All of us love food, whether it be eating, cooking, or taking pictures of our meals. Let me take a quick second, though, to talk about the other end of the food cycle – food waste. Okay, okay, I know this might sound boring, but hear me out. Spoon is going to be throwing you tons of exciting recipe ideas that we hope you’ll all love and recreate in your dorm rooms and apartments. You might love them so much that you find yourself making a portion or five too many, or buying too many bunches of kale and having to throw it out.

So listen up camels: here are five quick and easy ways to be a more conscious food consumer and creator, and to ensure that you’re getting the most out of what you’re spending time, effort, and money on (because, let’s face it, as college students, we don’t have much of those to begin with).

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1. Bring a recipe list with you to the grocery store.

Photo by Grace Robertson

Each recipe on Spoon includes the quantities of ingredients needed. When you go to the store, be sure to bring a list of ingredients and all their quantities so that you don’t accidentally buy too much. For foodies, all the choices in a grocery store can be tempting, so coming in with a game plan will also help prevent you from shopping compulsively.

2. Buy bulk spices, teas, and herbs from Fiddleheads.

Photo by Grace Robertson

So you decide you want to make a delicious curry following a recipe that calls for tons of different spices. Instead of going to Shop Rite and buying huge containers of each that you may not ever touch again, go to Fiddleheads’ bulk section to get only as much as you need for your recipe. These are some of the few products that are actually more affordable to get at Fiddleheads than at another grocery store, because of bulk pricing.

3. Keep older stuff in the front of your refrigerator.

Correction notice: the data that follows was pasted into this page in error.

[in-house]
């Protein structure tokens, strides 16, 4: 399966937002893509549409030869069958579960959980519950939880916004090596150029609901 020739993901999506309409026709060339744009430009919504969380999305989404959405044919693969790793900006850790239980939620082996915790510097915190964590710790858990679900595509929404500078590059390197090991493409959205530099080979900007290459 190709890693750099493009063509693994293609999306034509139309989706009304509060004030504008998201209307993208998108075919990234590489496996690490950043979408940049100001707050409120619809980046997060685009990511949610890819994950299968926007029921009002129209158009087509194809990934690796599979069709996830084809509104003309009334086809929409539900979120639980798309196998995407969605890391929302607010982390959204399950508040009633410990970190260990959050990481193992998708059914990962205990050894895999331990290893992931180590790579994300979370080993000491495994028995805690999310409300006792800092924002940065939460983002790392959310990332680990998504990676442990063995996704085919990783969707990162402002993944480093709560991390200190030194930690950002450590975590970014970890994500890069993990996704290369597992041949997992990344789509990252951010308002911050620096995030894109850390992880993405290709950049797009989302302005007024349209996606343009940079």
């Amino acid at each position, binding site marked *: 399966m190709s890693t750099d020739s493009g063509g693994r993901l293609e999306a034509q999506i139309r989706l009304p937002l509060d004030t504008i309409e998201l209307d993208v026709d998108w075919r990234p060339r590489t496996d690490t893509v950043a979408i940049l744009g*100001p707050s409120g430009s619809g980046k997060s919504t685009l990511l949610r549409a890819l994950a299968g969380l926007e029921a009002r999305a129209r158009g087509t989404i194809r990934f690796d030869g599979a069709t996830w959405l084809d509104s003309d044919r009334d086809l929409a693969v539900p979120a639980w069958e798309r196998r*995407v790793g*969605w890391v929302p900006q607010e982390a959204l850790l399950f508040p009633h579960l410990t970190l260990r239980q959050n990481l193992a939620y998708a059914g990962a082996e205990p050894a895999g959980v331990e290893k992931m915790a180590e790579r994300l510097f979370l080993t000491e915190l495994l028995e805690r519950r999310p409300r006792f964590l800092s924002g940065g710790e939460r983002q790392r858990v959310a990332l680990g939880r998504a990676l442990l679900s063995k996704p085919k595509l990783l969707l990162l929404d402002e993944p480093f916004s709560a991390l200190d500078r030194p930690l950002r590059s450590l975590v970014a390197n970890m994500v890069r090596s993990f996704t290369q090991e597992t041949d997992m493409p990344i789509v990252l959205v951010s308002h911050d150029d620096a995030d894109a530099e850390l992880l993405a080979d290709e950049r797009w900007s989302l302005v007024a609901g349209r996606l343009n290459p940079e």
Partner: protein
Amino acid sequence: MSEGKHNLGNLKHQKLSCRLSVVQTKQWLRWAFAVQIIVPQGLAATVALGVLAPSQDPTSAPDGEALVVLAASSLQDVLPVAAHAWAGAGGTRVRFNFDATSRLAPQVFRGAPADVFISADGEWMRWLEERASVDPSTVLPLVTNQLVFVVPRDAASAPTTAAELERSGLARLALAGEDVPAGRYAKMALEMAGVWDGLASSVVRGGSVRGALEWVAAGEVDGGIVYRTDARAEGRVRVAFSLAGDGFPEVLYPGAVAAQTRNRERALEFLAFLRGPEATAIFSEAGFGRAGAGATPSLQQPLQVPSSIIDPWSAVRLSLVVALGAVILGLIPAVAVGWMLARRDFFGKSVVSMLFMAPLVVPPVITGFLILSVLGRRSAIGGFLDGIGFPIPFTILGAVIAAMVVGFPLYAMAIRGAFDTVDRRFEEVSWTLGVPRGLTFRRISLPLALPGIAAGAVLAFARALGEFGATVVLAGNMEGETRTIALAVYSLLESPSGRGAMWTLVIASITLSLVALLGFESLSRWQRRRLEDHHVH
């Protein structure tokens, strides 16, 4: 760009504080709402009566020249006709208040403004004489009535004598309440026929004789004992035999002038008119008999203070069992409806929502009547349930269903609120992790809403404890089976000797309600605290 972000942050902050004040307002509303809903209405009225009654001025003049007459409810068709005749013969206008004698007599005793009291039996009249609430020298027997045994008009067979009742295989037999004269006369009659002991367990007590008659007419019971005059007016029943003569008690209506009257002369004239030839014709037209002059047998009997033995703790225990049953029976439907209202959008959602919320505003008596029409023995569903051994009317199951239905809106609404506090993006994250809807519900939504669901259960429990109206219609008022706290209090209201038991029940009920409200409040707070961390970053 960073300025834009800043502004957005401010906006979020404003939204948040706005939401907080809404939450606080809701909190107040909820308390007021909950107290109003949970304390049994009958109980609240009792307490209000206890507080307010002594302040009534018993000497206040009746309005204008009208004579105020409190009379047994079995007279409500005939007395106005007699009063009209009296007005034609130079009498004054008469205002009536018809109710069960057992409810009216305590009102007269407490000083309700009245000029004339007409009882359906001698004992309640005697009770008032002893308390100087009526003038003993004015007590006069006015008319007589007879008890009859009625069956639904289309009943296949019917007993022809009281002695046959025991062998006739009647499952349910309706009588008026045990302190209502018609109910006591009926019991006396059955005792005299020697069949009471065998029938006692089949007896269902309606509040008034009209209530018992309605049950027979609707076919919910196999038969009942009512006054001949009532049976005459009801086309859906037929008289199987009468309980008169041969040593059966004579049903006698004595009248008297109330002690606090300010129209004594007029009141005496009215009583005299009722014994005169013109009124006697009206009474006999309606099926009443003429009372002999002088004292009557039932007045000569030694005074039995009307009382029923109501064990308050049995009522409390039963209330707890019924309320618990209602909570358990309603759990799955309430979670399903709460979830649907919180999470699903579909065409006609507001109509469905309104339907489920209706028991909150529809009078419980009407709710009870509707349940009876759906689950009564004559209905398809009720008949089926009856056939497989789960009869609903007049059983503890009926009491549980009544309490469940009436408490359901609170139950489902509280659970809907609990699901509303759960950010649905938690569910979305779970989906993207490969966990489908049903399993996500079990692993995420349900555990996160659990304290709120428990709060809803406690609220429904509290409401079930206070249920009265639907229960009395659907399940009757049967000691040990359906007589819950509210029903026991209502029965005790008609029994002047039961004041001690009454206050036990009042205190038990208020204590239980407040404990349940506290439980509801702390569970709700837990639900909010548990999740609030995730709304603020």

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We’ve all experienced finding something we forgot about long ago, whether it be leftovers or old groceries rotting in the back of your fridge, hidden by other things that you’ve bought and shoved in the fridge since. Gross and super wasteful, right? A way to prevent this is putting your new groceries in the back, and pulling the older stuff to the front of your fridge. That way, you’re more likely to use up to the older groceries before you forget about them and they go bad. Saves you the mess and the guilt – win-win.

4. Be creative

Photo by Liz Green

Now that you can see all your ingredients at the front of your fridge, get creative with how you can use everything up. Pretend you’re on Chopped and throw together some awesome leftover-remixed meal, or look up other ways ingredients can be used and try cooking something you’ve never cooked before. The possibilities are endless.

SpoonTip: check out Love Food Hate Waste for creative leftover recipe ideas and other little things you can do to reduce food waste.

5. Drop your compost off at Winchester 6.

Photo by Liz Green

Even if you are awesome and follow all of the above, sometimes you’re inevitably going to be left with some things you just can’t use up, because no matter how hard you try, you just can’t think of a good way of using banana peels other than pranking your roommate a few times. In those cases, go compost whatever is compostable.

Lucky for you guys, Winchester House #6 has set up a composting bin in their backyard. Just collect your food scraps and dump them in the composting bin. To save time, keep your compost in tupperware or a bag in your fridge and bring it over once a week. Not only will you help reduce food waste at Conn, but you’ll prevent getting fruit flies in your dorm room, and you’ll also get a bit of a work out walking down to the Winchester houses.